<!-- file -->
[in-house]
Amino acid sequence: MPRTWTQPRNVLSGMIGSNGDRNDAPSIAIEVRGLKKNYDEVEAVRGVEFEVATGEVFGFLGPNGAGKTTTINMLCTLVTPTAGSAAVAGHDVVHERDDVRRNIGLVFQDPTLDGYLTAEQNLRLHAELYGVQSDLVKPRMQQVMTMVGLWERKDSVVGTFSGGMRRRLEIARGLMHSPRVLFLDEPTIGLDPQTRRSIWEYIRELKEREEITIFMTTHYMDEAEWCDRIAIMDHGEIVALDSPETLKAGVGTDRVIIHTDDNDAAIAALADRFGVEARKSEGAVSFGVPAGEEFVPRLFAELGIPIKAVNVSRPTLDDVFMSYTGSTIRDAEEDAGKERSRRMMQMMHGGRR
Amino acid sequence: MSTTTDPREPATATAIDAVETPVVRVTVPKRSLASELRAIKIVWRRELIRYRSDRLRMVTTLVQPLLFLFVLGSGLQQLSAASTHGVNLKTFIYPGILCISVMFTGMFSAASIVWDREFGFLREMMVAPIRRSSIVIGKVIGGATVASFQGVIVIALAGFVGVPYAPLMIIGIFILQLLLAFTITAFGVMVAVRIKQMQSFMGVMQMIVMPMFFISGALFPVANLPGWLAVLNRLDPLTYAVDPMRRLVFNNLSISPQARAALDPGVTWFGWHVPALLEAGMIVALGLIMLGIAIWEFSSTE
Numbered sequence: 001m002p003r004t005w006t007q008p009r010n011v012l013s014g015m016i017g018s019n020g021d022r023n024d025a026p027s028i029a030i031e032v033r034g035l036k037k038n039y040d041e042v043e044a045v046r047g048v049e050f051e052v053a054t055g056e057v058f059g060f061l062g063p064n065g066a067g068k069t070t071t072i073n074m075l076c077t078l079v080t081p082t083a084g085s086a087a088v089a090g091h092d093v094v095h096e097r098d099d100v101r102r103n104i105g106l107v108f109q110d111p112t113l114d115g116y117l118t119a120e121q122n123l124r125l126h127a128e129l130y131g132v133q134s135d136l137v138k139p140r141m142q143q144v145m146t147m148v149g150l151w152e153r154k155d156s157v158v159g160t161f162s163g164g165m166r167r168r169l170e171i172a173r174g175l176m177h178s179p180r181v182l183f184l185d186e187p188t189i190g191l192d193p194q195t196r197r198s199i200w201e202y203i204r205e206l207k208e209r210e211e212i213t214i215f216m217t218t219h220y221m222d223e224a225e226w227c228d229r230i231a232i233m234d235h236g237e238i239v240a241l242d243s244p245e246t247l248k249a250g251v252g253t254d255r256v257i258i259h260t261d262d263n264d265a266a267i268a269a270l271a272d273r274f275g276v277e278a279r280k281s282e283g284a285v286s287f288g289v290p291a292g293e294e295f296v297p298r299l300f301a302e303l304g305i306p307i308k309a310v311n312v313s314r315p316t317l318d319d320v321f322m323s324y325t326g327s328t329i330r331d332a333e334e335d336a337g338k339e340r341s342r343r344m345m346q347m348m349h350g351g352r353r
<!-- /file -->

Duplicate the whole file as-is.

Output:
[in-house]
Amino acid sequence: MPRTWTQPRNVLSGMIGSNGDRNDAPSIAIEVRGLKKNYDEVEAVRGVEFEVATGEVFGFLGPNGAGKTTTINMLCTLVTPTAGSAAVAGHDVVHERDDVRRNIGLVFQDPTLDGYLTAEQNLRLHAELYGVQSDLVKPRMQQVMTMVGLWERKDSVVGTFSGGMRRRLEIARGLMHSPRVLFLDEPTIGLDPQTRRSIWEYIRELKEREEITIFMTTHYMDEAEWCDRIAIMDHGEIVALDSPETLKAGVGTDRVIIHTDDNDAAIAALADRFGVEARKSEGAVSFGVPAGEEFVPRLFAELGIPIKAVNVSRPTLDDVFMSYTGSTIRDAEEDAGKERSRRMMQMMHGGRR
Amino acid sequence: MSTTTDPREPATATAIDAVETPVVRVTVPKRSLASELRAIKIVWRRELIRYRSDRLRMVTTLVQPLLFLFVLGSGLQQLSAASTHGVNLKTFIYPGILCISVMFTGMFSAASIVWDREFGFLREMMVAPIRRSSIVIGKVIGGATVASFQGVIVIALAGFVGVPYAPLMIIGIFILQLLLAFTITAFGVMVAVRIKQMQSFMGVMQMIVMPMFFISGALFPVANLPGWLAVLNRLDPLTYAVDPMRRLVFNNLSISPQARAALDPGVTWFGWHVPALLEAGMIVALGLIMLGIAIWEFSSTE
Numbered sequence: 001m002p003r004t005w006t007q008p009r010n011v012l013s014g015m016i017g018s019n020g021d022r023n024d025a026p027s028i029a030i031e032v033r034g035l036k037k038n039y040d041e042v043e044a045v046r047g048v049e050f051e052v053a054t055g056e057v058f059g060f061l062g063p064n065g066a067g068k069t070t071t072i073n074m075l076c077t078l079v080t081p082t083a084g085s086a087a088v089a090g091h092d093v094v095h096e097r098d099d100v101r102r103n104i105g106l107v108f109q110d111p112t113l114d115g116y117l118t119a120e121q122n123l124r125l126h127a128e129l130y131g132v133q134s135d136l137v138k139p140r141m142q143q144v145m146t147m148v149g150l151w152e153r154k155d156s157v158v159g160t161f162s163g164g165m166r167r168r169l170e171i172a173r174g175l176m177h178s179p180r181v182l183f184l185d186e187p188t189i190g191l192d193p194q195t196r197r198s199i200w201e202y203i204r205e206l207k208e209r210e211e212i213t214i215f216m217t218t219h220y221m222d223e224a225e226w227c228d229r230i231a232i233m234d235h236g237e238i239v240a241l242d243s244p245e246t247l248k249a250g251v252g253t254d255r256v257i258i259h260t261d262d263n264d265a266a267i268a269a270l271a272d273r274f275g276v277e278a279r280k281s282e283g284a285v286s287f288g289v290p291a292g293e294e295f296v297p298r299l300f301a302e303l304g305i306p307i308k309a310v311n312v313s314r315p316t317l318d319d320v321f322m323s324y325t326g327s328t329i330r331d332a333e334e335d336a337g338k339e340r341s342r343r344m345m346q347m348m349h350g351g352r353r